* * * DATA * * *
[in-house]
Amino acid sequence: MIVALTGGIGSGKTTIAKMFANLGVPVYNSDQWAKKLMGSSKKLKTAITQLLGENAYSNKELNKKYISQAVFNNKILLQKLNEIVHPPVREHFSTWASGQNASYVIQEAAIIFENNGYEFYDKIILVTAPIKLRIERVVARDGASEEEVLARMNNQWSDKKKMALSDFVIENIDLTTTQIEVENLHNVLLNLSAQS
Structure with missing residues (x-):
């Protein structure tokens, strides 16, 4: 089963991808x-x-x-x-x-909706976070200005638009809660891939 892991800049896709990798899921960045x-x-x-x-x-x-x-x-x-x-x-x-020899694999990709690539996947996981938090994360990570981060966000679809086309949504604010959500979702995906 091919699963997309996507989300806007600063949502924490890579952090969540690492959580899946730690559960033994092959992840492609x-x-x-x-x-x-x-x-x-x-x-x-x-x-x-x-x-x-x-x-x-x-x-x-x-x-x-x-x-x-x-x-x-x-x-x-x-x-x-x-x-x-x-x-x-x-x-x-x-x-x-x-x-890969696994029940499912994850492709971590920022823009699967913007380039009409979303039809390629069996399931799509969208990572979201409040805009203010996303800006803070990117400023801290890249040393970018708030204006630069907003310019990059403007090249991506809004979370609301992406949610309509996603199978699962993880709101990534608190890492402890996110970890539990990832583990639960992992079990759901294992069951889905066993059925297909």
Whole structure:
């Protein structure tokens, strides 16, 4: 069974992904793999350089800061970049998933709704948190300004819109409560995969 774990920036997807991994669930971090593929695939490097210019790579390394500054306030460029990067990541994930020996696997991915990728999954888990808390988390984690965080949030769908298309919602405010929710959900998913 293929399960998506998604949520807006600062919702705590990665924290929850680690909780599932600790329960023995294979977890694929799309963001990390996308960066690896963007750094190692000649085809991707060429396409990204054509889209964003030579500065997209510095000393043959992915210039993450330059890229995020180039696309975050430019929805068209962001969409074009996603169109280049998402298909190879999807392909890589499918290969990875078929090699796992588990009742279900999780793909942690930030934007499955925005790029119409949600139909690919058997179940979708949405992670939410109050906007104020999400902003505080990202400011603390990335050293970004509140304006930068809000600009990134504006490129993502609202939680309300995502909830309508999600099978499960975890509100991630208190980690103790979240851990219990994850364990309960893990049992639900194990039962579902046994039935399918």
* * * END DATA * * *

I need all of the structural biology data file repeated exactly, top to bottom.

[in-house]
Amino acid sequence: MIVALTGGIGSGKTTIAKMFANLGVPVYNSDQWAKKLMGSSKKLKTAITQLLGENAYSNKELNKKYISQAVFNNKILLQKLNEIVHPPVREHFSTWASGQNASYVIQEAAIIFENNGYEFYDKIILVTAPIKLRIERVVARDGASEEEVLARMNNQWSDKKKMALSDFVIENIDLTTTQIEVENLHNVLLNLSAQS
Structure with missing residues (x-):
């Protein structure tokens, strides 16, 4: 089963991808x-x-x-x-x-909706976070200005638009809660891939 892991800049896709990798899921960045x-x-x-x-x-x-x-x-x-x-x-x-020899694999990709690539996947996981938090994360990570981060966000679809086309949504604010959500979702995906 091919699963997309996507989300806007600063949502924490890579952090969540690492959580899946730690559960033994092959992840492609x-x-x-x-x-x-x-x-x-x-x-x-x-x-x-x-x-x-x-x-x-x-x-x-x-x-x-x-x-x-x-x-x-x-x-x-x-x-x-x-x-x-x-x-x-x-x-x-x-x-x-x-x-890969696994029940499912994850492709971590920022823009699967913007380039009409979303039809390629069996399931799509969208990572979201409040805009203010996303800006803070990117400023801290890249040393970018708030204006630069907003310019990059403007090249991506809004979370609301992406949610309509996603199978699962993880709101990534608190890492402890996110970890539990990832583990639960992992079990759901294992069951889905066993059925297909």
Whole structure:
């Protein structure tokens, strides 16, 4: 069974992904793999350089800061970049998933709704948190300004819109409560995969 774990920036997807991994669930971090593929695939490097210019790579390394500054306030460029990067990541994930020996696997991915990728999954888990808390988390984690965080949030769908298309919602405010929710959900998913 293929399960998506998604949520807006600062919702705590990665924290929850680690909780599932600790329960023995294979977890694929799309963001990390996308960066690896963007750094190692000649085809991707060429396409990204054509889209964003030579500065997209510095000393043959992915210039993450330059890229995020180039696309975050430019929805068209962001969409074009996603169109280049998402298909190879999807392909890589499918290969990875078929090699796992588990009742279900999780793909942690930030934007499955925005790029119409949600139909690919058997179940979708949405992670939410109050906007104020999400902003505080990202400011603390990335050293970004509140304006930068809000600009990134504006490129993502609202939680309300995502909830309508999600099978499960975890509100991630208190980690103790979240851990219990994850364990309960893990049992639900194990039962579902046994039935399918």